CSRF Protection

Introduction

Supercharge has support for cross-site request forgery (CSRF) protection. A cross-site request forgery is a malicious exploit where unauthorized commands are transmitted on behalf of an authenticated user.

Supercharge ships with CSRF protection out-of-the-box. It generates a “CSRF token” for active user sessions. Supercharge will verify the CSRF token for POST, PUT, PATCH, and DELETE requests to your application.

Supercharge provides you a Handlebars helper to seamlessly add the CSRF token to your forms. Make use of the {{csrf}} helper inside your HTML forms. This helper generates and adds a hidden input field to your form. Use the helper like this:

<form method="POST" action="/login">
  {{csrf}}

  …
</form>

Supercharge uses the crumb plugin to verify the CSRF token. Crumb checks incoming requests whether they contain a CSRF token based on the HTTP method.

In case the HTTP method matches POST, PUT, PATCH, or DELETE, the CSRF token must be present. If it doesn’t contain a CSRF token, requests will fail with an 403 Forbidden error.

Supercharge won’t automatically disable CSRF protection when running tests.

Exclude Routes from CSRF Protection

At some point, you may want to exclude URIs from CSRF protection. Common use cases are external platforms calling your application via webhooks.

For example, if you’re integrating payment processing via Braintree you may wish to disable CSRF protection for the related routes. Braintree won’t have a valid CSRF token to send along with the request.

Disable the Crumb Plugin on Routes

You can disable individual plugins on routes via the plugins object. Because Supercharge relies on the crumb plugin to handle CSRF protection, you should set crumb: false on the route where you want to disable it.

Here’s a sample route for a Braintree webhook with disabled crumb plugin:

module.exports = {
  method: 'POST',
  path: '/webhooks/braintree',
  config: {
    plugins: {
      crumb: false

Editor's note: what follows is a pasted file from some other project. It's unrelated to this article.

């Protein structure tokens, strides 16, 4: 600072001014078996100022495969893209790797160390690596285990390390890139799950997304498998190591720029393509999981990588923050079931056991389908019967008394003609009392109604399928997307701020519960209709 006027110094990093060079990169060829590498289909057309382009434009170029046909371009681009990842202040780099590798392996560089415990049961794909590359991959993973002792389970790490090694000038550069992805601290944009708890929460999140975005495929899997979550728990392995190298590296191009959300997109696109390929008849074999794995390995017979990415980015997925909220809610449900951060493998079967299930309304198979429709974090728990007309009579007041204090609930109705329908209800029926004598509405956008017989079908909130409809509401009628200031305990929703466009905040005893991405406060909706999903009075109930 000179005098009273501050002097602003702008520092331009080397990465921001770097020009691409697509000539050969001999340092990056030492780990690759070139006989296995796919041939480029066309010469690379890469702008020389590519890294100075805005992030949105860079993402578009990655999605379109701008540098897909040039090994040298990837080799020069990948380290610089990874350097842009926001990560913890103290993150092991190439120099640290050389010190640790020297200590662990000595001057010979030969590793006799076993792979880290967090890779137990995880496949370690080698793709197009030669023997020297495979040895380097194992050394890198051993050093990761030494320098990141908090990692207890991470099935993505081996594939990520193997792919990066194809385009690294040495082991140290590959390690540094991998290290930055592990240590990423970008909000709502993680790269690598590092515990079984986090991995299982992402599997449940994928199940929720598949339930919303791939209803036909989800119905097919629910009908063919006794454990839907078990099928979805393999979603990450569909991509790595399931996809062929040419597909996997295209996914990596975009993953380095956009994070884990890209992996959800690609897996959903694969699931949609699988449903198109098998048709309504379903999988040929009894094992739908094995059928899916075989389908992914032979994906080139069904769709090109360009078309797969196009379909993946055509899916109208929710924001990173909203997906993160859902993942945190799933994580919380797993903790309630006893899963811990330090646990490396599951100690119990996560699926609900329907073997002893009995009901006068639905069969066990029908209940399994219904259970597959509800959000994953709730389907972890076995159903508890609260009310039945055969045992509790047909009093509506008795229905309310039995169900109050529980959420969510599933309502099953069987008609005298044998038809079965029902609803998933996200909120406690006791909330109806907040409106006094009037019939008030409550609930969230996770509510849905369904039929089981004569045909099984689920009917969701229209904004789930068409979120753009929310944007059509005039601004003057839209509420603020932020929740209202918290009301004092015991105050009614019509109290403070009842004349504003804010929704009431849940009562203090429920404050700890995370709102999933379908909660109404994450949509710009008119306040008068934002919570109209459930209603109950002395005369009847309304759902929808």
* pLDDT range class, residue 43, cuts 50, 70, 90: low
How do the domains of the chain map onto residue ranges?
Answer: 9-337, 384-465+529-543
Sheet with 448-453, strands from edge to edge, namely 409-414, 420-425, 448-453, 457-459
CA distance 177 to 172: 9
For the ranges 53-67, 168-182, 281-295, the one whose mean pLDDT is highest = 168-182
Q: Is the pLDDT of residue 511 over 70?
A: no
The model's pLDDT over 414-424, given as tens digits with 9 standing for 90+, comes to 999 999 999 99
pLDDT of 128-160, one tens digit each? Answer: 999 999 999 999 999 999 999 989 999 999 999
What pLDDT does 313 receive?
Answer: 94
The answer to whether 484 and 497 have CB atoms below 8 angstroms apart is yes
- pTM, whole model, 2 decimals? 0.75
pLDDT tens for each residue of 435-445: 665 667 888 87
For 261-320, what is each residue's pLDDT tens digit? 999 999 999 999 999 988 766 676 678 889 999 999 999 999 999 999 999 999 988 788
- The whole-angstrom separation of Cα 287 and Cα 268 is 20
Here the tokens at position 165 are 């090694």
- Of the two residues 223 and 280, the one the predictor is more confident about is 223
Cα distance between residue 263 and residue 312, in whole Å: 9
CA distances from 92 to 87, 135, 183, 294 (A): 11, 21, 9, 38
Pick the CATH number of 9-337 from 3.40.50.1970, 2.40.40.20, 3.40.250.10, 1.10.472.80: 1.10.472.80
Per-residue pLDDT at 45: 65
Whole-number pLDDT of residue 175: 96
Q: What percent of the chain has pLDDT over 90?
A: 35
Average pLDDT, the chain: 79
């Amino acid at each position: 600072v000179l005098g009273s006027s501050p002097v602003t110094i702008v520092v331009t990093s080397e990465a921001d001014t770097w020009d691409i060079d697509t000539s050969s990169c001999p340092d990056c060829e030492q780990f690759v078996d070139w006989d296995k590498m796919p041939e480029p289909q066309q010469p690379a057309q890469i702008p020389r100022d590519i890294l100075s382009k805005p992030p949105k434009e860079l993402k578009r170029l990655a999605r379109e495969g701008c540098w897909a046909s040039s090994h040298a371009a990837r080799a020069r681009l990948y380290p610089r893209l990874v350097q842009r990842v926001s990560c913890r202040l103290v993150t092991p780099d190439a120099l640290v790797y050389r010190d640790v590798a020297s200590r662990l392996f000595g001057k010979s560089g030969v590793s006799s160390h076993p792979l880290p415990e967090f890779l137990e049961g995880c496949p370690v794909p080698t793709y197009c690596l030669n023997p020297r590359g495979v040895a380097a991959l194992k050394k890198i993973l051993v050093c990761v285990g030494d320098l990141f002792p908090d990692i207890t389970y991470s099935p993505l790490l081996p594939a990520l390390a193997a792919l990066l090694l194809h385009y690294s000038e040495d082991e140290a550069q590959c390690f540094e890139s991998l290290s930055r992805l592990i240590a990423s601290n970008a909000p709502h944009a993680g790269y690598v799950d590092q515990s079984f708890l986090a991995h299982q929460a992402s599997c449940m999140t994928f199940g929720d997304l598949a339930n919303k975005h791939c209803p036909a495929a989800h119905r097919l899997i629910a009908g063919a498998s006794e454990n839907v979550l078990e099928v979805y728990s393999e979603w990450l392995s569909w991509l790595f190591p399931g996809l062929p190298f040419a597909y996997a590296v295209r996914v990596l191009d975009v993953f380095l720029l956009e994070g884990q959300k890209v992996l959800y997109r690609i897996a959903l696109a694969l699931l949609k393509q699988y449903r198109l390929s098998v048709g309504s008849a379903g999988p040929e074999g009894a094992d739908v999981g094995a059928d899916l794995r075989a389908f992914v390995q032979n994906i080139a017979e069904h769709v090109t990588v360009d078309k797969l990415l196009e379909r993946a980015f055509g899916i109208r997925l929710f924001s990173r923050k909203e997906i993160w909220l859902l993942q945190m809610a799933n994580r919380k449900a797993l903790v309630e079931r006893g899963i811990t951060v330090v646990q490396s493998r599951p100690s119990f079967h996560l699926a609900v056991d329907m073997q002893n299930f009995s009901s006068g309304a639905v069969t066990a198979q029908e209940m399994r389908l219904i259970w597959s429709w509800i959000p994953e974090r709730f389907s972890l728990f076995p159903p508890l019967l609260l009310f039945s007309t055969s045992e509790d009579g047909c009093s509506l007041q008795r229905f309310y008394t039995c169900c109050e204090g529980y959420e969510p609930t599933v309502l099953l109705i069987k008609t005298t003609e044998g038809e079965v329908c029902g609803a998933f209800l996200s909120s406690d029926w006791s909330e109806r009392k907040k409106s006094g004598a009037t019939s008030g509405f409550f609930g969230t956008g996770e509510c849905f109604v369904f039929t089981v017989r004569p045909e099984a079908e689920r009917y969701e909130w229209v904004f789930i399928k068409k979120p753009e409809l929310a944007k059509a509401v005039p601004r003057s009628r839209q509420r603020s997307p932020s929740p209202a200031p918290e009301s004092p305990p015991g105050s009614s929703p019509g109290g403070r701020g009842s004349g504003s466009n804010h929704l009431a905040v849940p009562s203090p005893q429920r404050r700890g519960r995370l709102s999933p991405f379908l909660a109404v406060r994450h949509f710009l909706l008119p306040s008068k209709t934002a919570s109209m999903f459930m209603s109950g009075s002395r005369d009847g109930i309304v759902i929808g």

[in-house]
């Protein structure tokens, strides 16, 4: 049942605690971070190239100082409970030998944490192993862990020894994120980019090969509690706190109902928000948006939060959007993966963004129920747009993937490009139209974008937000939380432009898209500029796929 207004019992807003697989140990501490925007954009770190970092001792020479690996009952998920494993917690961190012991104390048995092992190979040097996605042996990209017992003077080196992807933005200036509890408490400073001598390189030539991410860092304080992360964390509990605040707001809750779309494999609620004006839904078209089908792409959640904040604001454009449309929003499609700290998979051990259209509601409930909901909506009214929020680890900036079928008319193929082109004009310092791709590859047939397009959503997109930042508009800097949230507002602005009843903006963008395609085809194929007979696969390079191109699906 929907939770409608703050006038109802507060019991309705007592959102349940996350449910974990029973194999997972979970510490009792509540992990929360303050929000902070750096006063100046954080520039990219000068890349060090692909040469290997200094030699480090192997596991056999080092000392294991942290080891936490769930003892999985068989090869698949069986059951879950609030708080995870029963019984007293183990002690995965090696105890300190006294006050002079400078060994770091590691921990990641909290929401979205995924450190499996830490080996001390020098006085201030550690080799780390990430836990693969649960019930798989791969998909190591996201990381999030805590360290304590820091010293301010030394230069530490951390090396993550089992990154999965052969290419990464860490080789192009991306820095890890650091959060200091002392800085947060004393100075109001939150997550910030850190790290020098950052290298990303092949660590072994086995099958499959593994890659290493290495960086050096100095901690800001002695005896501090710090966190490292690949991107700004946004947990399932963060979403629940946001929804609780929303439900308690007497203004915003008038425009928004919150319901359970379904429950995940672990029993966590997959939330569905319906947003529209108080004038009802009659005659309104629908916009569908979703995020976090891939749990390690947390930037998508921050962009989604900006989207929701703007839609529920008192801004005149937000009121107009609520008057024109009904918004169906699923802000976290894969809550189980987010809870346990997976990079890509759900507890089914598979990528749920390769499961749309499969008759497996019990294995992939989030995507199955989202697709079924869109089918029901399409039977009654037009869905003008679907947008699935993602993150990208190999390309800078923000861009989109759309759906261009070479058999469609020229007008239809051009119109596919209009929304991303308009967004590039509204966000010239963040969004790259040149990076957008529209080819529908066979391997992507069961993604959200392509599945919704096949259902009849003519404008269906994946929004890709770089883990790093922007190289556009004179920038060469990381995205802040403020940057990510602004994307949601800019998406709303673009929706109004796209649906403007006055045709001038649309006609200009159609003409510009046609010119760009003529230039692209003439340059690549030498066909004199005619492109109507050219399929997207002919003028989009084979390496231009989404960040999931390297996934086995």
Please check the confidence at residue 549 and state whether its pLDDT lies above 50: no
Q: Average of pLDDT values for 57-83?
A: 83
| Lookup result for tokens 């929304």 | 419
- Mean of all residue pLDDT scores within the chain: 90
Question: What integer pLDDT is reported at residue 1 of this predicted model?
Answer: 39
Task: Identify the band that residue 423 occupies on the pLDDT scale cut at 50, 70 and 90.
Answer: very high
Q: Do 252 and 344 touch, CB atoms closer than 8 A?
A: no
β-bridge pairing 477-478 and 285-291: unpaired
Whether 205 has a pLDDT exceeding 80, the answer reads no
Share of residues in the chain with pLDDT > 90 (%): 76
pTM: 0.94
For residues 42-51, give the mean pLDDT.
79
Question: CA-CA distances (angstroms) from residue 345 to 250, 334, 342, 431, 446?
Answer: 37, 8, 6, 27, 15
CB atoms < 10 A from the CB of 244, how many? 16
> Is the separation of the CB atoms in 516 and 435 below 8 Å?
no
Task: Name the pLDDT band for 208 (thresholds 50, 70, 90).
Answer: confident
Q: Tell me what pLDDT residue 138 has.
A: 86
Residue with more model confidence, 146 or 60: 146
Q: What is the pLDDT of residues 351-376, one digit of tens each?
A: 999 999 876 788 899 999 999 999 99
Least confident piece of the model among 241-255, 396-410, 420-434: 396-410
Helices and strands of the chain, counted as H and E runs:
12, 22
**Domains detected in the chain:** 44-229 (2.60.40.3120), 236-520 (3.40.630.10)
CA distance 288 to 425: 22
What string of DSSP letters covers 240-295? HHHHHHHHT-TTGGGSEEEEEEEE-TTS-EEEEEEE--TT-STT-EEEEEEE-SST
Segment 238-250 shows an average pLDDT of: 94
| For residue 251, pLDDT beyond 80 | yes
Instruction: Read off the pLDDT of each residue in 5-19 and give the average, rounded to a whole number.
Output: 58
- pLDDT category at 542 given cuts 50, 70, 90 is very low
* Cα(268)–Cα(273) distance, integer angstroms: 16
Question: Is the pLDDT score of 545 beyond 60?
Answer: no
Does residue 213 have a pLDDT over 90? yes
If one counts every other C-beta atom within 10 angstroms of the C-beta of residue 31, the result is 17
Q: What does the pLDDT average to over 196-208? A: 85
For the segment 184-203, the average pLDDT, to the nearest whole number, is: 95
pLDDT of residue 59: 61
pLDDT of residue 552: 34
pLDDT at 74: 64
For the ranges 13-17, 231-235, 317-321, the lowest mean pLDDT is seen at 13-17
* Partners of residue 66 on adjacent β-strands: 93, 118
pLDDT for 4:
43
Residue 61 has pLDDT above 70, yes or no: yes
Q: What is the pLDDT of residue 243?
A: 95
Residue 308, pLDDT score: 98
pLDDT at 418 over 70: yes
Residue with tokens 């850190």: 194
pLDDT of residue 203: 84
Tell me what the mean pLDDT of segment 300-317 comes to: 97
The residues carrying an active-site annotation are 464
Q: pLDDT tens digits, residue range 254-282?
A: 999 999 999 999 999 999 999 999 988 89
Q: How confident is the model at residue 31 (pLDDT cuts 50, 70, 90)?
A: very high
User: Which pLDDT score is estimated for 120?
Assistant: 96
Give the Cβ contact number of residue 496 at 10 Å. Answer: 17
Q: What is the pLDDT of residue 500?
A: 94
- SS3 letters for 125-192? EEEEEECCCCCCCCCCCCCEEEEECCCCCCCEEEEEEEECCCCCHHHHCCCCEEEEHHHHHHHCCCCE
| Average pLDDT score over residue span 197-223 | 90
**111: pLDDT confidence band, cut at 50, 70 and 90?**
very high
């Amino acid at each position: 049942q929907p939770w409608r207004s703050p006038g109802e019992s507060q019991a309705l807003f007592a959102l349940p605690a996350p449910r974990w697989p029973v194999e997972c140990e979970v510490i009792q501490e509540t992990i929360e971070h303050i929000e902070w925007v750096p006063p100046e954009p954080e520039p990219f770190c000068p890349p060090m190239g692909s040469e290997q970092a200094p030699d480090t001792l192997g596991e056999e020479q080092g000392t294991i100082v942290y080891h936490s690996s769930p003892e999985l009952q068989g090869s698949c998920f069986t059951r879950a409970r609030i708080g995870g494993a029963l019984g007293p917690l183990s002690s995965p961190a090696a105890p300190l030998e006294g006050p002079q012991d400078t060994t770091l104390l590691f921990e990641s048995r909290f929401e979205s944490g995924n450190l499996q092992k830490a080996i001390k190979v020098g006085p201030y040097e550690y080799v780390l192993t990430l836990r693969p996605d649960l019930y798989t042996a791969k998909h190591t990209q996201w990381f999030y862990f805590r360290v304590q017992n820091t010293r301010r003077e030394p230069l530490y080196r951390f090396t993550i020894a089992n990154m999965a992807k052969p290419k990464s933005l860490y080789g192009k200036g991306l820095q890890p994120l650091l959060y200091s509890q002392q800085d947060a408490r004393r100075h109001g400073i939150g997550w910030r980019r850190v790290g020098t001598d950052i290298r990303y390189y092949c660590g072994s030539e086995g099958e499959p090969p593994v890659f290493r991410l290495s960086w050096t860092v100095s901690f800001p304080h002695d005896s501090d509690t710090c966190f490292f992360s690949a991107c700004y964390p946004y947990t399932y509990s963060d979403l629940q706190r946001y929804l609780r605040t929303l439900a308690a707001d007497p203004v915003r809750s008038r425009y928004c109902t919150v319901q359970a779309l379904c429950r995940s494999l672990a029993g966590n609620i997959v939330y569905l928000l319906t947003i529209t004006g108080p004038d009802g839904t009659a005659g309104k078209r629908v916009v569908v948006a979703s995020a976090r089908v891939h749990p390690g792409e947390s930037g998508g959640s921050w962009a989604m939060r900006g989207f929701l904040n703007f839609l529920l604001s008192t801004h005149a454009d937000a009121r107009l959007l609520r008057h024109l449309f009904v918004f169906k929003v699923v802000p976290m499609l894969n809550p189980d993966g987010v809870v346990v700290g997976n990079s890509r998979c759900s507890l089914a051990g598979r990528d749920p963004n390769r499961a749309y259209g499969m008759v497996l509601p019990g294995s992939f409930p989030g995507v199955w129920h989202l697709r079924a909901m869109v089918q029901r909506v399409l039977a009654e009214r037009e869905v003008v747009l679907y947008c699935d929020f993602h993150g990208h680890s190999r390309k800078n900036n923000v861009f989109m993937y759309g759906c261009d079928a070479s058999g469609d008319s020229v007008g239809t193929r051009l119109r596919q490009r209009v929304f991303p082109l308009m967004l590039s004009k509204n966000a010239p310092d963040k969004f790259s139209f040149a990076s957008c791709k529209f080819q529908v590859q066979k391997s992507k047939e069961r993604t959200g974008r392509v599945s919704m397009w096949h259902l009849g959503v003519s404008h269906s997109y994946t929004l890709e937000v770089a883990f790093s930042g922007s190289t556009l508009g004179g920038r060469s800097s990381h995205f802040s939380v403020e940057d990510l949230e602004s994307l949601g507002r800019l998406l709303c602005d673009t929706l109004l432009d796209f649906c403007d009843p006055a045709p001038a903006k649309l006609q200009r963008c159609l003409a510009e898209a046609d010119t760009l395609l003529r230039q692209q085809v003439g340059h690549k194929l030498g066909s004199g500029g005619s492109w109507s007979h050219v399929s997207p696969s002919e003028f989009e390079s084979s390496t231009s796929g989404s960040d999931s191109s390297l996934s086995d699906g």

},
    handler: async (request, h) => {
      // process webhook
    }
  }
}

Notice that the configuration disables CSRF verification for this single route. If you want to disable CSRF verification on another route, you need to configure it separately.

Use Crumb’s Skip Function

Another way to skip CSRF verification is the plugins skip function. Navigate your IDE or editor to the verify-csrf-token plugin in app/plugins and add this option. The skip function has the asyc (request, h) signature.

To skip CSRF verification, return true from the skip function, false otherwise. The following example will skip CSRF protection for all routes having a URI that includes “/webhooks”:

module.exports = {
  plugin: require('crumb'),
  options: {
    skip: async (request, h) => {
      return request.path.includes('/webhooks')
    }
  }
}

X-CSRF-Token for Restful Routes

Sometimes you want to send the CSRF token in a request header instead of the request payload. To achieve this, you need to configure crumb to use a restful configuration and then send the CSRF token along in the request headers.

First, you need to configure the crumb plugin or individual routes to fetch the CSRF token from the request headers:

module.exports = {
  method: 'PUT',
  path: '/profile',
  config: {
    plugins: {
      crumb: {
        restful: true // this requires the 'X-CSRF-Token' request header
      }
    },
    handler: async (request, h) => {
      // update profile
    }
  }
}